Speaking of love and care-What a blessing it was to be on a trip of this kind with so many different families from different places. Our passports say we were all from 10 different countries, yet we came together as one to do what we could to serve the community. Even though we couldn’t always communicate with each other, the students translated and we thoroughly enjoyed each other’s company at mealtimes and when we were working.

Speaking of working...Wow! We worked hard. During our time there we made 300 clay bricks for the renovation of an adobe house-not bad for a group of 9-12 year olds! The completed house will be rented out to construction workers in the area in order to generate money for the community. This money will be used to help cover costs for some small projects around the village-including a renovation of the temple.

Speaking of temples-how lucky we were to be immersed in the Buddhist lifestyle during our time there. We enjoyed every minute exploring our own spirituality by learning more about Buddhism. We spent time meditating. We met a monk who taught us how to properly receive a blessing. Every morning some of our families were up at 6 a.m. to wait for the village’s monk on the side of the road. He walks over 4 km (barefoot) from his temple in the forest to the village. Along the way he receives food from the villagers (and while we were there, from our families as well) that he places in a basket. Upon receiving a food item from someone, he gives them a blessing for the day. The food that he collects in his basket is the only food he and the other monks at the temple have to eat for that day.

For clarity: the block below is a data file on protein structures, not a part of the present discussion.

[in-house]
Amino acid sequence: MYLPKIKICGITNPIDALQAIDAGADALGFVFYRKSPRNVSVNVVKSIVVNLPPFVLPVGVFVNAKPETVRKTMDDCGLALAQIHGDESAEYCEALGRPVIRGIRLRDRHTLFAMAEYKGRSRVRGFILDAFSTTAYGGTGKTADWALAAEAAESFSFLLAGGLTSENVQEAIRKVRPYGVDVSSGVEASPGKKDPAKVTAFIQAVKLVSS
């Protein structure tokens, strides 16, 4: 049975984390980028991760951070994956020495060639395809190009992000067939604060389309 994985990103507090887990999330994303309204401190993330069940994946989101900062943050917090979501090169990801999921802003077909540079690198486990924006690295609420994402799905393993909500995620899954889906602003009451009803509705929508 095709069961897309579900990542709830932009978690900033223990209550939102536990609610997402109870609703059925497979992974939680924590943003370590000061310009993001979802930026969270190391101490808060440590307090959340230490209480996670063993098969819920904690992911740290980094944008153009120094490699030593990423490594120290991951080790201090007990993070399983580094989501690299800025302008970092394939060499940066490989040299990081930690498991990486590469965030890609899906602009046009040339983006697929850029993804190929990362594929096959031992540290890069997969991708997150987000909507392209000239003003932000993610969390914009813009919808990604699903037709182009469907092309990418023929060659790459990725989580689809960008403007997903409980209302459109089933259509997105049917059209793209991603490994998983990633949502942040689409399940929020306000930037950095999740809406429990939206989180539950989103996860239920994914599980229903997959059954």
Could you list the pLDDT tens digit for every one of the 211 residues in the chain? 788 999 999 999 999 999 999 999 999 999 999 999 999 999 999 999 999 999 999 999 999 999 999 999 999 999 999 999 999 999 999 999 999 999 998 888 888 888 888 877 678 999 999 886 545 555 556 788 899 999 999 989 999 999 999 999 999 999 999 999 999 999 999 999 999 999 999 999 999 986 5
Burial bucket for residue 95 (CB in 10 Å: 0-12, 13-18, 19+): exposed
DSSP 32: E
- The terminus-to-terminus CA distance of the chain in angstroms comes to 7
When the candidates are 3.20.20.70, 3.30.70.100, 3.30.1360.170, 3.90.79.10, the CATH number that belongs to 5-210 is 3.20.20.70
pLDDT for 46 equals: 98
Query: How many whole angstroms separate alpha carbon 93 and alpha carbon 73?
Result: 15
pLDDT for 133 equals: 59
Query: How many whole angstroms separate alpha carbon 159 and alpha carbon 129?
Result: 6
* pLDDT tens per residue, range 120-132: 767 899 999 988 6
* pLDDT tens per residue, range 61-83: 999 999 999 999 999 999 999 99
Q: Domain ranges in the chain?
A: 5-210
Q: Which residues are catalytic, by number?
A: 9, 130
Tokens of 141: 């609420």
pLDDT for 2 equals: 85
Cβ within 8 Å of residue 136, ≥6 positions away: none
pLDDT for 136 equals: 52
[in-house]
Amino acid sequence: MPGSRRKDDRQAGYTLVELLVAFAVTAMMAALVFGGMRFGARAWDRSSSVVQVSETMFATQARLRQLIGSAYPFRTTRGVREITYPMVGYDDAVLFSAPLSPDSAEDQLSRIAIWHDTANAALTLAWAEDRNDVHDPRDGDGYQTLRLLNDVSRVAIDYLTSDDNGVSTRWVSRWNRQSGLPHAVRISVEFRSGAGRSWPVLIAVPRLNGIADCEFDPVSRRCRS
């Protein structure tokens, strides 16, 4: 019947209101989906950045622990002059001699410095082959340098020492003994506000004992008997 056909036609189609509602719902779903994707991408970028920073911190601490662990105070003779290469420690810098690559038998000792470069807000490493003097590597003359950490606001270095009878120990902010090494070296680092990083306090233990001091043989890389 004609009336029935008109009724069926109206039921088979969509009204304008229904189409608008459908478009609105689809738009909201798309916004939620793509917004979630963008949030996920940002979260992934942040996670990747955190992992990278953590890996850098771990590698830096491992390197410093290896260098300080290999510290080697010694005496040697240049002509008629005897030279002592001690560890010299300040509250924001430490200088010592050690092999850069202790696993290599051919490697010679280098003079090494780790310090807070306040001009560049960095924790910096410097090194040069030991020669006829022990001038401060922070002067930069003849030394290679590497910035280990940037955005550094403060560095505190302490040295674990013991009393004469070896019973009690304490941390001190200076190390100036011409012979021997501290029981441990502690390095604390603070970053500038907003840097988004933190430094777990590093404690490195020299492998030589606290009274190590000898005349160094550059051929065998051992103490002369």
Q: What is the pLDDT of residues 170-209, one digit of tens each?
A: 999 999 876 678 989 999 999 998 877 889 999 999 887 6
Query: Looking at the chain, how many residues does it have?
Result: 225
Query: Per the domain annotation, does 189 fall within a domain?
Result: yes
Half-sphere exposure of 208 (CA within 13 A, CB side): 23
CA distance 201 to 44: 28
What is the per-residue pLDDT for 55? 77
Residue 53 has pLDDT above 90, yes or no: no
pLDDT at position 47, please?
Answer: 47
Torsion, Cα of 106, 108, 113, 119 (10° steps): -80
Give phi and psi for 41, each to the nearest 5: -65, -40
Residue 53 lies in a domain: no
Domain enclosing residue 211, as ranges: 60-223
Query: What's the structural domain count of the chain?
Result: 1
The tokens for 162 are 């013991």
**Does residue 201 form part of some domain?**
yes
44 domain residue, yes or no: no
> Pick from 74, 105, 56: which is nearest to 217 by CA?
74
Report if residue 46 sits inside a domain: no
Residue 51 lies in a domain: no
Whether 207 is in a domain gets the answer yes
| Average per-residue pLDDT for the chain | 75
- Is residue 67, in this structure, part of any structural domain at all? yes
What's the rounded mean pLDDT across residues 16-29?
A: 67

Speaking of food-the villagers shared delicious food with us and they also taught us how to make green curry and fried bananas. Every day a different local would come and teach us something from their traditional way of life. Not only did we learn how to cook Thai cuisine, but we learned how to make clay pots that we left at Earth Home to beautify it once we left. We also enjoyed sunrise yoga and meditation. The village truly opened their home and their hearts to us.

Speaking of hearts-I believe every participant on this service trip put their heart and soul into working hard and giving back to the beautiful community of Maejo. We are all better for this experience and it is a reminder that providing children with service opportunities is essential. Children inherently want to help others, they just need our help to allow them to do so.

Never doubt that a small group of thoughtful, committed citizens can change the world; indeed, it's the only thing that ever has. -Margaret Mead